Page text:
After my recent encounter with Totoro in Miyazaki Prefecture, I just can’t seem to escape the Ghibli universe! But hey, I’m not complaining at all. Just recently a new Ghibli-themed cafe called Osu no Mori Cafe Kodama (大須の森カフェ コダマ) opened in the bustling Osu Kannon district of Aichi Prefecture. This place was recommended to me through my Instagram algorithms since I am an aesthetic food enthusiast. It’s still relatively unknown because it’s tucked away on the 4th floor of a building next to a trading card game store making it easy to pass by. The first time we tried to come here it was sadly closed for obon holiday. However, this time we were luckily able to enter and relive the nostalgia of these films once again while feasting on delicious food.
Because we had gone to the Higashiyama Zoo right before, we were just as hungry as these characters when we first walked in…
Immediately we were treated with outstanding service as the waiter gave us complimentary konpeito (star-shaped candy) and fans with Ghibli patterns to borrow so we could cool down from the vicious heat. We already felt at home here.
Onto the main event: The Food. Each dish is priced around 800 – 1200 yen and themed drinks are around 600 yen. Soft drinks and alcohol is also available for a relatively cheap price. We couldn’t believe how well-prepared everything was here:
“Sorry to eat your hat, Mei-chan…” – Me
“I hope your bacon burns.” – Howl’s Moving Castle
“Hold your [drink], commoner. You are in the presence of the king of Laputa.”
– Castle in the Sky
I appreciated all of the careful detail put into these menu items—they are truly one of a kind. I loved the cheese ribbon on my omurice and how they customized my order to be vegetarian. My boyfriend loved his super thicc bacon and how much the eggs resembled those from Howl’s Moving Castle. The drink I ordered was Laputa-themed and had a glowing ice cube that activated when you poured the mixer into the glass. How cool is that? Every menu item had some kind of figure or plush doll laying around so that you could associate it with what you were eating. Though the cafe is small in size, I’ve never seen any place so intricately decorated. This is an experience like nowhere else around here.
Here are a few more shots of the cafe. There are framed pictures, books, a little fireplace where Calcifer sits, and motifs everywhere you look. Additionally, Totoro requests that you sanitize your hands before entering!
In addition to what we ordered, there are also pancakes with a small cat print that resemble Jiji from Kiki’s Delivery service. There are also a ton of themed drinks based on the films that you can choose from. I would really like to order a bunch when I come back so I can experience them all!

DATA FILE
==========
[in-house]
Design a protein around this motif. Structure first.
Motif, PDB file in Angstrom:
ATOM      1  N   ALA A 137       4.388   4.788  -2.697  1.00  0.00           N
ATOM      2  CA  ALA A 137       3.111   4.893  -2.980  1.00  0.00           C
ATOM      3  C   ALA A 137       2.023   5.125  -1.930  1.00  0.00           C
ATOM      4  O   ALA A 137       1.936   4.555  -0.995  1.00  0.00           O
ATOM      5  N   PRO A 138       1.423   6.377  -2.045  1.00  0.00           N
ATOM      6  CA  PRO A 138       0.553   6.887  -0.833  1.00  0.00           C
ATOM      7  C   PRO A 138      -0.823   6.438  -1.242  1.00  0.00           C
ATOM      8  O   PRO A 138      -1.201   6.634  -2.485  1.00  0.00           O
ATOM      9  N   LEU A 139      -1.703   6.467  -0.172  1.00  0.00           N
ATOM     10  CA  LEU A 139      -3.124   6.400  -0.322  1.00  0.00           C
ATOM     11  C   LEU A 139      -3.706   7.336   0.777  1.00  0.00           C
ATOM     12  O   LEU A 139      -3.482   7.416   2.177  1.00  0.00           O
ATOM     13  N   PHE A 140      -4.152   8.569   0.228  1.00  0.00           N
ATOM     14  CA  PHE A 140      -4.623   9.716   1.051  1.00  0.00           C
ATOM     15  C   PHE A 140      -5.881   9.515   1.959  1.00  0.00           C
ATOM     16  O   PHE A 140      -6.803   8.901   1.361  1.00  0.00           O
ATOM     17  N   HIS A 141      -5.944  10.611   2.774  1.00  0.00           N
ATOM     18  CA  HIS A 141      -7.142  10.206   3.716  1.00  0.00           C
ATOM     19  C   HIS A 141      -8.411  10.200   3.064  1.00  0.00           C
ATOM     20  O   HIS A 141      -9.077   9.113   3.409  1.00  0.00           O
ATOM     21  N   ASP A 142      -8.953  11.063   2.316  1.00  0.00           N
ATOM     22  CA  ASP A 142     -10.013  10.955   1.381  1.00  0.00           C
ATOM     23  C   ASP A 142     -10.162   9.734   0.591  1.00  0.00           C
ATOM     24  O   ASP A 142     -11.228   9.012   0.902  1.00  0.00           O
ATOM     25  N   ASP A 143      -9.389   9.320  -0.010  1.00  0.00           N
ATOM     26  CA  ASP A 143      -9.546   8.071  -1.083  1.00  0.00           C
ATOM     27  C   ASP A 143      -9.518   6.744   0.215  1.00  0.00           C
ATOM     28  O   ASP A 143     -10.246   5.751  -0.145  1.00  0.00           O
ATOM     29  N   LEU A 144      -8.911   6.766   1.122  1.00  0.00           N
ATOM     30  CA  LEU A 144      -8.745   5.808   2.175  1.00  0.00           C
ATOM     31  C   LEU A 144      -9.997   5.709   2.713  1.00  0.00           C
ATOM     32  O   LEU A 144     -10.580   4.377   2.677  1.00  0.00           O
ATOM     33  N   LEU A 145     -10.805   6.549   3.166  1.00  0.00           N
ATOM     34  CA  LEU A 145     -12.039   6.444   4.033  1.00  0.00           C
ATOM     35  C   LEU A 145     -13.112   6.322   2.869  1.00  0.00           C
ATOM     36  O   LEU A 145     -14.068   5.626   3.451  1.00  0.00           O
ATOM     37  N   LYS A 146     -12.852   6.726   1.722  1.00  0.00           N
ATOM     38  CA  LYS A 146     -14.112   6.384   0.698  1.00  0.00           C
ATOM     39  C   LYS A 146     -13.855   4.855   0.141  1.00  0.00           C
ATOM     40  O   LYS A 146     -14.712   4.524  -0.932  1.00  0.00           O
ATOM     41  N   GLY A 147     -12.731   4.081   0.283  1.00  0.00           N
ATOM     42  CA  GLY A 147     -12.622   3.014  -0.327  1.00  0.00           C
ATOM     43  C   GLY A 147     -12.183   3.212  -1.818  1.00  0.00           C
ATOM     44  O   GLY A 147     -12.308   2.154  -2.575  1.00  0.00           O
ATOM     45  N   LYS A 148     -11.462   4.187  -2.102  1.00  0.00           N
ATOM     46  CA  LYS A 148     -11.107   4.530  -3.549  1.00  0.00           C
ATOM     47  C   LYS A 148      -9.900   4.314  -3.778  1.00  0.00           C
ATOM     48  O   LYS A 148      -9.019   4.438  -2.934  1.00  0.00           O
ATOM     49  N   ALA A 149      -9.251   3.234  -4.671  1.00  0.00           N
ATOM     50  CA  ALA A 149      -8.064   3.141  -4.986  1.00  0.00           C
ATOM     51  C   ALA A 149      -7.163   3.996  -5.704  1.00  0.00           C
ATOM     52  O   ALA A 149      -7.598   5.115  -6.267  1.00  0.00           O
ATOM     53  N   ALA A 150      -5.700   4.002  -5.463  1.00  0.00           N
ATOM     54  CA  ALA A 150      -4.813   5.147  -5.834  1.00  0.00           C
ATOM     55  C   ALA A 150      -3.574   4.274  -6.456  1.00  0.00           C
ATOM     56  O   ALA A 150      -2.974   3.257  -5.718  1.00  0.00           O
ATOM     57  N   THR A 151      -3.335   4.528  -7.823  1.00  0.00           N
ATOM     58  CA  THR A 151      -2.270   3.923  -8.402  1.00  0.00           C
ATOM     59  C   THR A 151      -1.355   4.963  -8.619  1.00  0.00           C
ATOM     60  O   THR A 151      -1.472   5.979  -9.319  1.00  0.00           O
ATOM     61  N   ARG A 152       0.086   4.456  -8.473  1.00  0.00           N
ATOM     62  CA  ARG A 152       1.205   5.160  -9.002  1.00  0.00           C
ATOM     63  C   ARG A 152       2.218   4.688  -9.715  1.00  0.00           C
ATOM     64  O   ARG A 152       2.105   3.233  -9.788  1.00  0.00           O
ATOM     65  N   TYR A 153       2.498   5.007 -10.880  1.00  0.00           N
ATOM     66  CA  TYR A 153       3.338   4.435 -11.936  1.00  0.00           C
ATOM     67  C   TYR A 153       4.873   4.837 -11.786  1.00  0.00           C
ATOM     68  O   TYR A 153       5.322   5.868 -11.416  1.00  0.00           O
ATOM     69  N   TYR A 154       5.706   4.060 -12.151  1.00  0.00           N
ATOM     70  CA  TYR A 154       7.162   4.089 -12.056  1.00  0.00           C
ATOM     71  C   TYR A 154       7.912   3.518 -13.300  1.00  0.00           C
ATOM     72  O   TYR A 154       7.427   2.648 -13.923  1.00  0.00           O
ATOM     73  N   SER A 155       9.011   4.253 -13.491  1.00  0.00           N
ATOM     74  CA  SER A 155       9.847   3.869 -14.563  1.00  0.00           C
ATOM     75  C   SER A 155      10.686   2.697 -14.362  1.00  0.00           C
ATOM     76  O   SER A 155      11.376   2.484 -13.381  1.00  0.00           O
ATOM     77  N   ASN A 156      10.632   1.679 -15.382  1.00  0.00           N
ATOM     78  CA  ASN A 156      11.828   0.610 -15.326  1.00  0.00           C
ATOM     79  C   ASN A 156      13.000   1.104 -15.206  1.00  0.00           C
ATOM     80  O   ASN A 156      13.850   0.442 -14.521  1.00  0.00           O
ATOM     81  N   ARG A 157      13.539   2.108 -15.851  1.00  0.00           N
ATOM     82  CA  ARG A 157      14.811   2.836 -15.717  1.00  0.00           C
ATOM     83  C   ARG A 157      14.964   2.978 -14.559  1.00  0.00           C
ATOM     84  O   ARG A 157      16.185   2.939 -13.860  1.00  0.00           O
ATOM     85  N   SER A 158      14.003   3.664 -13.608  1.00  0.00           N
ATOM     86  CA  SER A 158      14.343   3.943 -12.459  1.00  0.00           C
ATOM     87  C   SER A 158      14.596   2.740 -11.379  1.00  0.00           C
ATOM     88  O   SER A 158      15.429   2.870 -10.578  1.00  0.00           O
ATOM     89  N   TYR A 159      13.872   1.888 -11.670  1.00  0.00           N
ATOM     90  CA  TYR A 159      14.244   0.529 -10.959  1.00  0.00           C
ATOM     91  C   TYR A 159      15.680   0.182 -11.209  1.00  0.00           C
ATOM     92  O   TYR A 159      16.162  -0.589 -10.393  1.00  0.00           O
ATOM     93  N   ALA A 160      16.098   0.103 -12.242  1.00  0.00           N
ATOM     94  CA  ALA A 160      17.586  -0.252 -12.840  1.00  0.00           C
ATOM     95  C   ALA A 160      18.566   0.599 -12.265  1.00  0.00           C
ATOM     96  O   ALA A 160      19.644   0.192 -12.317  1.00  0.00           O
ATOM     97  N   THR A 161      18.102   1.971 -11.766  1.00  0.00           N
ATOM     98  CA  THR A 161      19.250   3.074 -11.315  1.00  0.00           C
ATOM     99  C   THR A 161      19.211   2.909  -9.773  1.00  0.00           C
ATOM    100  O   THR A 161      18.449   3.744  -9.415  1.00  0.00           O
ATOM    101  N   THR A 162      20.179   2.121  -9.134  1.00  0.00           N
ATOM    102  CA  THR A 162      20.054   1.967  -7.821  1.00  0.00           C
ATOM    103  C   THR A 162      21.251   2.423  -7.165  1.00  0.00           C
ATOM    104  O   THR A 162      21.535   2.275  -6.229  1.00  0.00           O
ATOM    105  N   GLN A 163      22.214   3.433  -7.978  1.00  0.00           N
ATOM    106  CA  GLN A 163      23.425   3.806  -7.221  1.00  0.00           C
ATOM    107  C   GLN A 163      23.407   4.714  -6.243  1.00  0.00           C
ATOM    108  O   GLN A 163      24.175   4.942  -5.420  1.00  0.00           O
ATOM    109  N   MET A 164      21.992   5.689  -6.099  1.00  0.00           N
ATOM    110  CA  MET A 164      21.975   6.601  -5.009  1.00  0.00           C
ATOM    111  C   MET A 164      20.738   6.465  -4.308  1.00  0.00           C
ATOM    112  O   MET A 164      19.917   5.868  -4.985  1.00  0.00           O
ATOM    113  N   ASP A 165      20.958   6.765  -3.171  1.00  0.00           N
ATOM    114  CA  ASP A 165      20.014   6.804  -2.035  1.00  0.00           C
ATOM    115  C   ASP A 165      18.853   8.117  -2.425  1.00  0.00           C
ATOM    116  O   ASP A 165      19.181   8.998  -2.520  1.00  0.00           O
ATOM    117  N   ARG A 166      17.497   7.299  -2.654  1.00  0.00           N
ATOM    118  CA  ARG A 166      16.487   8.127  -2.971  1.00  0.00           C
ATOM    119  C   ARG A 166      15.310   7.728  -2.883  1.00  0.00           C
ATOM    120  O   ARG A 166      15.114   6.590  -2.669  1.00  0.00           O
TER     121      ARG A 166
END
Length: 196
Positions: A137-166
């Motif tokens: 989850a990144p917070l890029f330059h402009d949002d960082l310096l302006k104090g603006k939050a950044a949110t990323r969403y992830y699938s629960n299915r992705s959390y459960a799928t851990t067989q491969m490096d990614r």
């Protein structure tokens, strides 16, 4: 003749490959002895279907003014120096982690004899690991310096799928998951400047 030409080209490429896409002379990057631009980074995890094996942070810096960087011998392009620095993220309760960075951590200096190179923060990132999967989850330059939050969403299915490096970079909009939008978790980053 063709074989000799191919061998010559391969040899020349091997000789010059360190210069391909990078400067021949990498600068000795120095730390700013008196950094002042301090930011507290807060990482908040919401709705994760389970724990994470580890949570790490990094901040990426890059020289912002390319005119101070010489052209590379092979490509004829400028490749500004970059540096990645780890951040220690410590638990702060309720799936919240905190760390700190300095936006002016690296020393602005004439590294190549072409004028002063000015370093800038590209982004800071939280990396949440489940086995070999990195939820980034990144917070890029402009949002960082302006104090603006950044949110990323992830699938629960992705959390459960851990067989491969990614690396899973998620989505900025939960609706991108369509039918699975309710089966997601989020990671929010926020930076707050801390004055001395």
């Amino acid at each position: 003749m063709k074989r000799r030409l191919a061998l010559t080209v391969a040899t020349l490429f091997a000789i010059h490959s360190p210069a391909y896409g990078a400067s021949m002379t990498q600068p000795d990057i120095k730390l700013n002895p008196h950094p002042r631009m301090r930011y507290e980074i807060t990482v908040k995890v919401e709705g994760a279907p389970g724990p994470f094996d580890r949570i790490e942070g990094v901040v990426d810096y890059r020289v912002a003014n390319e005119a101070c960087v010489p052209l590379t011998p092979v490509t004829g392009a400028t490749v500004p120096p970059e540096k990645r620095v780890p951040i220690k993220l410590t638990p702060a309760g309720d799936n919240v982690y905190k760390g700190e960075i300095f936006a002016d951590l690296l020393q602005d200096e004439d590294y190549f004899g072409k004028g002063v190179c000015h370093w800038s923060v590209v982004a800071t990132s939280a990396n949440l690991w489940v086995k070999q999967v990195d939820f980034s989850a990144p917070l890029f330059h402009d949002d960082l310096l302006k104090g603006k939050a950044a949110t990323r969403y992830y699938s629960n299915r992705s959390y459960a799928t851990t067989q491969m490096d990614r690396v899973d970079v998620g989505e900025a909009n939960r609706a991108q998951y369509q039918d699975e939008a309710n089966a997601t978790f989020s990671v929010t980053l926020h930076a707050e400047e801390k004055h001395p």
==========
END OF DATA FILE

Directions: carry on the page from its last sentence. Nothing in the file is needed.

Is it worth it?
Although I’ve had a number of wonderful dining experiences in Nagoya, this was by far one of the best themed cafes that I have ever been to. The service was top tier and the portion sizes were extremely generous for the price. Unlike the official cafe at the Ghibli Museum, Kodama has more creative dishes that resemble actual food from the movies. The interior design really brought the scenes to life as there were plush dolls and figures from every film surrounding you. The soundtracks from the movies playing softly overhead also brought back a lot of memories. I hope to see them expand their menu in the future to add some things from Spirited Away, Princess Mononoke, and Porco Rosso! Overall it was completely worth the money we spent. My only real criticism is that they didn’t have many desserts (only pancakes and a cake that resembles a potted plant), but hopefully that will change with time.
After spending a lovely evening in Aoshima chasing sunsets and eating fresh crab, I decided to catch the very first train to Takaharu—a quaint farming town in Miyazaki where the life-size recreation of the Totoro Bus Stop is. According to Oddity Central, this Totoro statue was built by an elderly couple residing here as a surprise for their grandchildren. However, its design is so immaculate that it has attracted Totoro fans from all over Japan. There’s not a whole lot to see in Takaharu as it is mostly a residential area in the mountains, but the backdrop of the mountains and fields behind the bus stop look like they came straight out of a Ghibli movie. If you are obsessed with rare destinations in Japan like me then you might want to put Takaharu on your bucket list! The countryside of Kyushu is simply stunning.